« Reply #127 on: 01/13/2009 03:57 AM »
Maybe a little too early, but here is the link to the webcast:

http://vyvxlivewm.fplive.net/vyvxlive-live/vyvxula011309_300
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Offline Analyst

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Re: LIVE: Delta IV Heavy: NRO L-26 - Jan 13, 09
« Reply #128 on: 01/13/2009 09:07 AM »
Spaceflight Now is reporting this mission uses a 3-burn upperstage profile as did the two flights before. This strongly indicates a GEO mission. The long launch window indicates GEO too. So most likely a big SIGNIT/ELINT, like the two different types launched by Titan 4. Probably a (improved?) "leftover", as discussed before.

Analyst
« Last Edit: 01/13/2009 09:08 AM by Analyst »

Online William Graham

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Re: LIVE: Delta IV Heavy: NRO L-26 - Jan 13, 09
« Reply #129 on: 01/13/2009 10:29 AM »
Spaceflight Now is reporting this mission uses a 3-burn upperstage profile as did the two flights before. This strongly indicates a GEO mission. The long launch window indicates GEO too. So most likely a big SIGNIT/ELINT, like the two different types launched by Titan 4. Probably a (improved?) "leftover", as discussed before.

Analyst

I still maintain that the leftover is more likely to be a Lacrosse on L-15. I think this is the first "Intruder" (IOSA) integrated ELINT/COMINT. There have been some news articles listing this as the "most expensive" NRO satellite programme ever (I don't know how reliable that is - isn't the budget classified), which would suggest it is something new.

Quite a lot of recent NRO high-orbit ELINT satellites seem to operate in threes (three Mentors, three Mercurys (including the failed one), three Trumpets (assuming 184 and 200 are Prowler), three Magnums, etc.)

Of course, it could be a replacement for the failed Mercury, but I still think it is more likely to be a new programme.

Offline Jim

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Re: LIVE: Delta IV Heavy: NRO L-26 - Jan 13, 09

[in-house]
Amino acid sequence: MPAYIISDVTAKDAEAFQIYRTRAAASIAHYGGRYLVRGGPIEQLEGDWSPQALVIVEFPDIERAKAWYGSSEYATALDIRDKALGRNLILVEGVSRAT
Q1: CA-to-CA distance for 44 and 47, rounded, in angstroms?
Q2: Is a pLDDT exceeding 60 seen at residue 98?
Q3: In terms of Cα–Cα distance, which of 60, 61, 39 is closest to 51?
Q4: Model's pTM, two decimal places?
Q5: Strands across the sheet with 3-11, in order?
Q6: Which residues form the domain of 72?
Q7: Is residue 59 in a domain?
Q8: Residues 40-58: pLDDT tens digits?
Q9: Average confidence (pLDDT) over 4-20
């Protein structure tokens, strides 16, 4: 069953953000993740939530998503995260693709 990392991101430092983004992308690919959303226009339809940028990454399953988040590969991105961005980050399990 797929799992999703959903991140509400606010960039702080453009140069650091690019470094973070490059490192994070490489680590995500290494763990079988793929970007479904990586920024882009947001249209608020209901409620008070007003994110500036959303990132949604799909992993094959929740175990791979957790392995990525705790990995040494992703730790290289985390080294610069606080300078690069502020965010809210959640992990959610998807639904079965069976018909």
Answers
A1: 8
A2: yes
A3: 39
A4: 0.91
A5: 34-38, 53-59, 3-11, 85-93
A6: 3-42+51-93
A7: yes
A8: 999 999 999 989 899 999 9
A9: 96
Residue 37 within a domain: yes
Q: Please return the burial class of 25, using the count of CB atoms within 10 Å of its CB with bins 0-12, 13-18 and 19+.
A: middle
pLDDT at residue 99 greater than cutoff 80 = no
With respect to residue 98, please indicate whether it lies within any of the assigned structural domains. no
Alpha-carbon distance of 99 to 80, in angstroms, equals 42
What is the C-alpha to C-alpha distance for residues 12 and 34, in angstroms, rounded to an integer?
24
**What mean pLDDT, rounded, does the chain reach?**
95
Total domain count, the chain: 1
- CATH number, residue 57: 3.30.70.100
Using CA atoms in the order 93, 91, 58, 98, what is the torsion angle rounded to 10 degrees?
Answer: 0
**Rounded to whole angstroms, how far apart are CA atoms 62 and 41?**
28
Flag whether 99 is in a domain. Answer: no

« Reply #130 on: 01/13/2009 11:51 AM »

Quite a lot of recent NRO high-orbit ELINT satellites seem to operate in threes (three Mentors, three Mercurys (including the failed one), three Trumpets (assuming 184 and 200 are Prowler), three Magnums, etc.)


You are repeating programs.  The some of the names you listed describe the same program

Offline Jirka Dlouhy

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Re: LIVE: Delta IV Heavy: NRO L-26 - Jan 13, 09
« Reply #131 on: 01/13/2009 12:05 PM »
According of Spaceflight Now scrub for today. Next attempt tomorrow after 24 hours.

Offline Analyst

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Re: LIVE: Delta IV Heavy: NRO L-26 - Jan 13, 09
« Reply #132 on: 01/13/2009 12:16 PM »
We should drop the term "leftover", it generates confusion. And yes, I am guilty of using it.

I wouldn't be surprised if the GEO and Molniya orbit satellites are the same design and program, specifically the only ones which used the 86 Titan Centaur shroud (Trumpet and Mercury).

Analyst

Offline TJL

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Re: LIVE: Delta IV Heavy: NRO L-26 - Jan 13, 09
« Reply #133 on: 01/13/2009 12:20 PM »
Will T-0 be 7:49 p.m. on Wednesday, the 14th?

Online Chris Bergin

Re: LIVE: Delta IV Heavy: NRO L-26 - Jan 14, 09
« Reply #134 on: 01/13/2009 12:32 PM »
Going to be a long day with rollout of Discovery at 4am ;)

Online Chris Bergin

Re: LIVE: Delta IV Heavy: NRO L-26 - Jan 14, 09
« Reply #135 on: 01/13/2009 01:50 PM »
ULA PAO Mike: